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Drug impairment and DUIs: Alcohol isn’t the only intoxicating substance

On Behalf of | Mar 11, 2024 | Criminal Defense, Dui |

Driving under the influence (DUI) is a serious offense in Nebraska; serious enough that a conviction will leave a person with a criminal record. While most people associate DUI with alcohol, it’s important to realize that drug impairment can also lead to DUI charges.

Drugs that can impair drivers

A variety of substances can impair your ability to drive safely, including:

  • Illegal drugs: These include substances such as marijuana, cocaine, methamphetamine, and heroin.
  • Prescription medications: Medicines such as opioids, benzodiazepines, and sleep aids that can cause drowsiness or distraction.
  • Over-the-counter medications: Some medicines that can be easily purchased such as antihistamines or cough syrups may cause dizziness or sleepiness.

It’s crucial to understand that any substance that impairs your ability to drive could lead to a DUI charge.

State law on drug DUIs

Under Nebraska law, it’s unlawful for any person to operate a motor vehicle while under the influence of any drug. This definition includes both illegal drugs and legal medications for as long as they can impair your ability to drive properly.

The penalties for drug-impaired driving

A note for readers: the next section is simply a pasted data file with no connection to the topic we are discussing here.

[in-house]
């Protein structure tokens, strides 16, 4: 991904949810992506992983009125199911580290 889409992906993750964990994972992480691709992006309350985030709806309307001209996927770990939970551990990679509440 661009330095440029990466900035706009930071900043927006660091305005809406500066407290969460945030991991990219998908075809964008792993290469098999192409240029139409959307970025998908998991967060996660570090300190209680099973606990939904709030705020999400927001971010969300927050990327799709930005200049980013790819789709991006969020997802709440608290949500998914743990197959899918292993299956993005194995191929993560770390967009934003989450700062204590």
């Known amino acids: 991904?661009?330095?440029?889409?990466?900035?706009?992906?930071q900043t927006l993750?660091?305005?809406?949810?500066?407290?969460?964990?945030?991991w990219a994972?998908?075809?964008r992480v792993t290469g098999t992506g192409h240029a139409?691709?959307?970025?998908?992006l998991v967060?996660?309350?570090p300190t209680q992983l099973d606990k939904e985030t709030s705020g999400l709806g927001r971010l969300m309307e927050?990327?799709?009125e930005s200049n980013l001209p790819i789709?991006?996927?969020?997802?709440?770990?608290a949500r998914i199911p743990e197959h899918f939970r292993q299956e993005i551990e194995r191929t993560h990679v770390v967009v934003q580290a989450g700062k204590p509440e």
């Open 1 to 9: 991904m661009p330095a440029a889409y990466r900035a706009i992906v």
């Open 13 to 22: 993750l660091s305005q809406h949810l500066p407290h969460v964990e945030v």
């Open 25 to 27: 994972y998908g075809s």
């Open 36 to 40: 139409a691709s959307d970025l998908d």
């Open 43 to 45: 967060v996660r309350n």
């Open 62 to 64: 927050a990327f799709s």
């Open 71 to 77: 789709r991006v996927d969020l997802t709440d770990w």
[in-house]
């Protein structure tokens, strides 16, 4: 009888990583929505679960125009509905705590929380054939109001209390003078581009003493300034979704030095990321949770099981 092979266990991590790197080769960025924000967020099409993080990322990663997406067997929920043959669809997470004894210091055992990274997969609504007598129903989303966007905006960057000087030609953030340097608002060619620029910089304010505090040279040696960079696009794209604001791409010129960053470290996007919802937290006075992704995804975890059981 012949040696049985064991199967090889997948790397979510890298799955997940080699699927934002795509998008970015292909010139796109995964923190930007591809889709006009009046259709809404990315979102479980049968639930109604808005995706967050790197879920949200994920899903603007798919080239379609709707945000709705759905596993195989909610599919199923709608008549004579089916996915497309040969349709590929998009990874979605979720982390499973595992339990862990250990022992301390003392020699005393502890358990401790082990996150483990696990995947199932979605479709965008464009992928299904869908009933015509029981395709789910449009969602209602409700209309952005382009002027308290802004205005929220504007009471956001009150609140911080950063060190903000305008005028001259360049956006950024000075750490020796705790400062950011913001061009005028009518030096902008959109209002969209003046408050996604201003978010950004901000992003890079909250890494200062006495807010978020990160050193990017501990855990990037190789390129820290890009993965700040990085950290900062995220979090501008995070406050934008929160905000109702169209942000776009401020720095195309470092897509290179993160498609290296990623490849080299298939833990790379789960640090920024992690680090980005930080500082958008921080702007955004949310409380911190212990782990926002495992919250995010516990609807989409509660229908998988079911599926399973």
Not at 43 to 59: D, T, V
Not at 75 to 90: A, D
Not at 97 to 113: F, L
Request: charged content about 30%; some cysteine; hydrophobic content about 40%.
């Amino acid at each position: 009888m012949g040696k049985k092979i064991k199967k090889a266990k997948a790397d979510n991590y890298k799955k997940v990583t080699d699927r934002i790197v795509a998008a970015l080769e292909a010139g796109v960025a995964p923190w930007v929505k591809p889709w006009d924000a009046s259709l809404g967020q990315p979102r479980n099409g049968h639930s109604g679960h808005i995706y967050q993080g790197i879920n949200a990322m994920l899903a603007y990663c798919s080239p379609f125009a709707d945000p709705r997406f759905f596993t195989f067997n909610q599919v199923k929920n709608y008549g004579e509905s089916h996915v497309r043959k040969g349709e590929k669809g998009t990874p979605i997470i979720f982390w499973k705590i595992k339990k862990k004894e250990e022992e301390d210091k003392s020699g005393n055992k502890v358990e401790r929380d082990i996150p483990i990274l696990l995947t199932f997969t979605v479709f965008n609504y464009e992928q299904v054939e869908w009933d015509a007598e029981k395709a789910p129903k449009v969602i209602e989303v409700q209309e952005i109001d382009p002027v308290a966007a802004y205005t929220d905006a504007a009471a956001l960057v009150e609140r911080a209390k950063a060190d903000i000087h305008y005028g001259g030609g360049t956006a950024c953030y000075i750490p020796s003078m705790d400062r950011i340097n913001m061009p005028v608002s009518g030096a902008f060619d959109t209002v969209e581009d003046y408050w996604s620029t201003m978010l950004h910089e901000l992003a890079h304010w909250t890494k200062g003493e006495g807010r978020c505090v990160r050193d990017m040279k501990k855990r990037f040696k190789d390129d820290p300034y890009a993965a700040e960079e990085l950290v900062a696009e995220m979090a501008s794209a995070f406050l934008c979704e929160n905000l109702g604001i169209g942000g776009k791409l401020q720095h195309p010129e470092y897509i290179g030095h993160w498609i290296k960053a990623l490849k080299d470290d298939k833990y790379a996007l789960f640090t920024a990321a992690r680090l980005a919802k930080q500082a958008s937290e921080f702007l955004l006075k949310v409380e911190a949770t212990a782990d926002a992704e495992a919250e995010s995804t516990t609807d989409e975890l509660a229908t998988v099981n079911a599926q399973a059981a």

If a Nebraska court finds you guilty of driving under the influence of drugs, you could face several penalties. These include:

  • First offense: Up to six months of jail time, a $500 fine and a six-month driver’s license revocation.
  • Second offense: Up to six months of jail, a $500 fine and an 18-month license revocation.

If a court convicts you of a third DUI within 15 years, any subsequent conviction automatically becomes a felony offense with more severe penalties, such as up to three years of jail, $1,000 in fines and a 15-year license revocation.

Nebraska is as strict on drivers impaired by drugs as it is on driver drunk on alcohol. The penalties can be extremely severe and will leave a person with a criminal record that will follow them wherever they try to apply for a job or loan. If you face charges, a legal professional may be able to fight for your case. An attorney may also provide you with guidance if you feel lost or intimidated by the court process.